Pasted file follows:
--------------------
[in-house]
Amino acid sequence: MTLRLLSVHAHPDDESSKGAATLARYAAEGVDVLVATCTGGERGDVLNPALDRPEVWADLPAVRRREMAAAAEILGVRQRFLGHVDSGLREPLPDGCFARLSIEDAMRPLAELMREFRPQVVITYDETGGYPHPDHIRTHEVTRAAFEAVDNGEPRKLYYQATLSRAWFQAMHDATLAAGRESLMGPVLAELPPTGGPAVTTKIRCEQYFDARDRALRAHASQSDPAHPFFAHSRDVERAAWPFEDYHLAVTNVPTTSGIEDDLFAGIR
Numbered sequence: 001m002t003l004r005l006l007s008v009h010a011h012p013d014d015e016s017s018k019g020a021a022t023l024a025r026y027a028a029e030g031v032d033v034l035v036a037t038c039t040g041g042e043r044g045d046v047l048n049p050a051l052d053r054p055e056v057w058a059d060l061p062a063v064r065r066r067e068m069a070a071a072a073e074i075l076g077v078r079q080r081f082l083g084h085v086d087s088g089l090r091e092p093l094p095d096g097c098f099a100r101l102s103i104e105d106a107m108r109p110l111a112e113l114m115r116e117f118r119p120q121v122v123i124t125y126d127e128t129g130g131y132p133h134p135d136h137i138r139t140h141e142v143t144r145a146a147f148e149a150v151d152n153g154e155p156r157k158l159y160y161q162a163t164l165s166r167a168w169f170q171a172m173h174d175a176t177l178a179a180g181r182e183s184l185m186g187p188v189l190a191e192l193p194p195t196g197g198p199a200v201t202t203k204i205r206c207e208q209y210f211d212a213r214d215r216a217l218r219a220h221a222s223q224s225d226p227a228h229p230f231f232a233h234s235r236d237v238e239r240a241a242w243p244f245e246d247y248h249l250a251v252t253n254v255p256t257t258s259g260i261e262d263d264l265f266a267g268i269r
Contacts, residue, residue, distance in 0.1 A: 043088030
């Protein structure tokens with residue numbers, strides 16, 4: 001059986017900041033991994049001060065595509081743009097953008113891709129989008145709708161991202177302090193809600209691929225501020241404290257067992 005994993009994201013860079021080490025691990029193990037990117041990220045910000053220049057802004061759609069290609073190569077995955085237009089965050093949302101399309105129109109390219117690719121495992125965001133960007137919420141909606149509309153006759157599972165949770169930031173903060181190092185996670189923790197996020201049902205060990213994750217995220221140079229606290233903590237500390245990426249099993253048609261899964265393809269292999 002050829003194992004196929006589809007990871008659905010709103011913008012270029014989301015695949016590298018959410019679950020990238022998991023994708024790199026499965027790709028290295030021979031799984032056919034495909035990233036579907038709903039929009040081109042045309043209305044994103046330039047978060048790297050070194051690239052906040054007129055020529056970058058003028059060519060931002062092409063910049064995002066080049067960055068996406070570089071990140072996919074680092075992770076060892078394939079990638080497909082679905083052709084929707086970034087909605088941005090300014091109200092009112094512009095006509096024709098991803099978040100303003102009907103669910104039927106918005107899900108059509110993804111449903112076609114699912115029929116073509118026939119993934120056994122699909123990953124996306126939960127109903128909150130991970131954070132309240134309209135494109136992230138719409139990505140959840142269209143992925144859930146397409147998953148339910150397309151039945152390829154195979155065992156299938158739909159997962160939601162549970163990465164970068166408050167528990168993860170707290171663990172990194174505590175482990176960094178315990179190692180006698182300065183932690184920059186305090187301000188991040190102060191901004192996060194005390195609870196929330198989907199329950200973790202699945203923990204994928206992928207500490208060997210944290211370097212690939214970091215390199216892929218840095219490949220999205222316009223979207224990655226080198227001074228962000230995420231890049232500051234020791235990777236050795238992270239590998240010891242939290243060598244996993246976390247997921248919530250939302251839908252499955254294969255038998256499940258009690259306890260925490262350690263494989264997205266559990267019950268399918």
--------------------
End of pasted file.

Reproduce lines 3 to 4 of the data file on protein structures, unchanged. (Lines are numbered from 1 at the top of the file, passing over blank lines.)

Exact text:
Numbered sequence: 001m002t003l004r005l006l007s008v009h010a011h012p013d014d015e016s017s018k019g020a021a022t023l024a025r026y027a028a029e030g031v032d033v034l035v036a037t038c039t040g041g042e043r044g045d046v047l048n049p050a051l052d053r054p055e056v057w058a059d060l061p062a063v064r065r066r067e068m069a070a071a072a073e074i075l076g077v078r079q080r081f082l083g084h085v086d087s088g089l090r091e092p093l094p095d096g097c098f099a100r101l102s103i104e105d106a107m108r109p110l111a112e113l114m115r116e117f118r119p120q121v122v123i124t125y126d127e128t129g130g131y132p133h134p135d136h137i138r139t140h141e142v143t144r145a146a147f148e149a150v151d152n153g154e155p156r157k158l159y160y161q162a163t164l165s166r167a168w169f170q171a172m173h174d175a176t177l178a179a180g181r182e183s184l185m186g187p188v189l190a191e192l193p194p195t196g197g198p199a200v201t202t203k204i205r206c207e208q209y210f211d212a213r214d215r216a217l218r219a220h221a222s223q224s225d226p227a228h229p230f231f232a233h234s235r236d237v238e239r240a241a242w243p244f245e246d247y248h249l250a251v252t253n254v255p256t257t258s259g260i261e262d263d264l265f266a267g268i269r
Contacts, residue, residue, distance in 0.1 A: 043088030